It was just two years ago that I learned a completely new-to-me use of the word “memorialize” when I heard James Comey (followed by news anchors, pundits, and especially legal analysts )describe having “memorialized” all his conversations with then-president, Donald Trump.
As I say in my sidebar, “Context is everything,” and at least to me, the use of any form of “memorial” generally refers to commemorating someone or something lost and revered. We celebrate the lives of presidents and civil leaders; honor those who fought and died in war; and remember tragedies that we want to ensure nobody forgets.
But “memorialize” a conversation? Definitionally, I suppose it works: The second listed definition for “memorialize” according to oed.com (accessible for free via most public library websites with your library card, FYI) reads, "To preserve the memory of; to be or supply a memorial of; to commemorate."
The idea “to preserve the memory of” particularly interests me. As Comey, et al.’s usage seems common in legal practice, I suppose attending law school would have forced my surprise a couple decades ago rather than in 2019.
But even outside any legal context, I love the idea of “memorializing” in this manner, and in my case, I suppose I enjoy memorializing, well ... everything.
You see, I’m a packrat. Obviously I don’t refer to the actual rodent; but rather “a person who collects or hoards especially unneeded items.”
In my case, any metaphorical resemblance to the genus Neotoma is a genetic anomaly that I can definitely trace back at least two generations on my paternal side.
For at least the last half-century of his life, my dad memorialized nearly every life event—large or small—in his pocket “Day-at-a-Glance” calendar. He kept copious notes concerning anything he considered important or interesting, categories that often included items others would have found esoteric or anodyne.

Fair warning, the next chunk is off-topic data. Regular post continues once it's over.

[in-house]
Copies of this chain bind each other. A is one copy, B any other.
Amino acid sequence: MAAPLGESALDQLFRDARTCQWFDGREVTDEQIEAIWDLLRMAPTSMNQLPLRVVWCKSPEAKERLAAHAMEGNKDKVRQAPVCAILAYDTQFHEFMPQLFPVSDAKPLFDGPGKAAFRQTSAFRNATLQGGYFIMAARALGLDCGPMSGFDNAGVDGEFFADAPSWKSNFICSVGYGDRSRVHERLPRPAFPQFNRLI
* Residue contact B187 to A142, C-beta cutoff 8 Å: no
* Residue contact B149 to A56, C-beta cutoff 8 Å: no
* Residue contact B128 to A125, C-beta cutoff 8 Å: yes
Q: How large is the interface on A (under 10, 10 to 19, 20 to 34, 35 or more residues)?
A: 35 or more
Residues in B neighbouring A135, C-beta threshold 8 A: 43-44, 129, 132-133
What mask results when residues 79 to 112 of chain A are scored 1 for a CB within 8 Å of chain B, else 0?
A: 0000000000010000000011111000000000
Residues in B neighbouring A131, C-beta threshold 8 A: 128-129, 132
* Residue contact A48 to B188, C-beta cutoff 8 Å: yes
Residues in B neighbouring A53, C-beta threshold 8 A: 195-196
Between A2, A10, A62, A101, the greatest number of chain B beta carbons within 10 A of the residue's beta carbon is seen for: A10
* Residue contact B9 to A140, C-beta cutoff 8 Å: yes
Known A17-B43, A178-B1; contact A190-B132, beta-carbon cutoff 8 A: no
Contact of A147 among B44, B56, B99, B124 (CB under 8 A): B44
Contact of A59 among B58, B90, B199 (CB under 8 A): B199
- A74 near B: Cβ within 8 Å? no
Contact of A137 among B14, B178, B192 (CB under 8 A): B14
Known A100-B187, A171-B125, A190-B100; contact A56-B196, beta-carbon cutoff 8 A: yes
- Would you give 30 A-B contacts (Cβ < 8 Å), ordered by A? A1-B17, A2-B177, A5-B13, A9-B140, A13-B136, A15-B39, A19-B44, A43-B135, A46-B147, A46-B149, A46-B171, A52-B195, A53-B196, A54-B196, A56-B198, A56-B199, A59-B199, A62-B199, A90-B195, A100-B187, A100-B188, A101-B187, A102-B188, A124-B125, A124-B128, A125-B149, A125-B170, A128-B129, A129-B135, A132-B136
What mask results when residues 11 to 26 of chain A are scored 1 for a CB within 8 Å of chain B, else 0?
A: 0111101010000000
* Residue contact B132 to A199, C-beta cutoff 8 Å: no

He also kept everything. Though I was always cognizant of this fact, until he passed away, and I spent several hours perusing his files, I never actually knew to what extent.
I found old correspondence not just from family and friends, but to them as well, for he composed everything on his beloved typewriter using carbon paper so he could retain an instant duplicate. He not only had my old report cards and similar personal memorabilia; he had his own elementary, middle, and high school report cards. Externally, unless you lived with him at some point—wall-to-wall bookshelves, not withstanding—you may never notice his hoarding tendencies because he was extremely organized; anal, even, meticulously filing and labeling everything.
To be fair to my father (and, I suppose by extension, to myself as well), I can state with certainty that he inherited these qualities from his mother, my grandmother. Fifty years of photo albums—well-organized and (mostly) thematically and/or temporally consistent—squeezed in to the den’s built-in shelves of my grandparents’ apartment provide just one of many examples.
Before moving out of the apartment, she asked if anyone in our family wanted to take these albums. She thought, for example, that I might want the one she had made for my parents’ 1965 wedding.
Sure. Perfectly normal. As is keeping event-specific printed items, such as a cocktail napkin or matchbook. (1965, remember?) But what about ...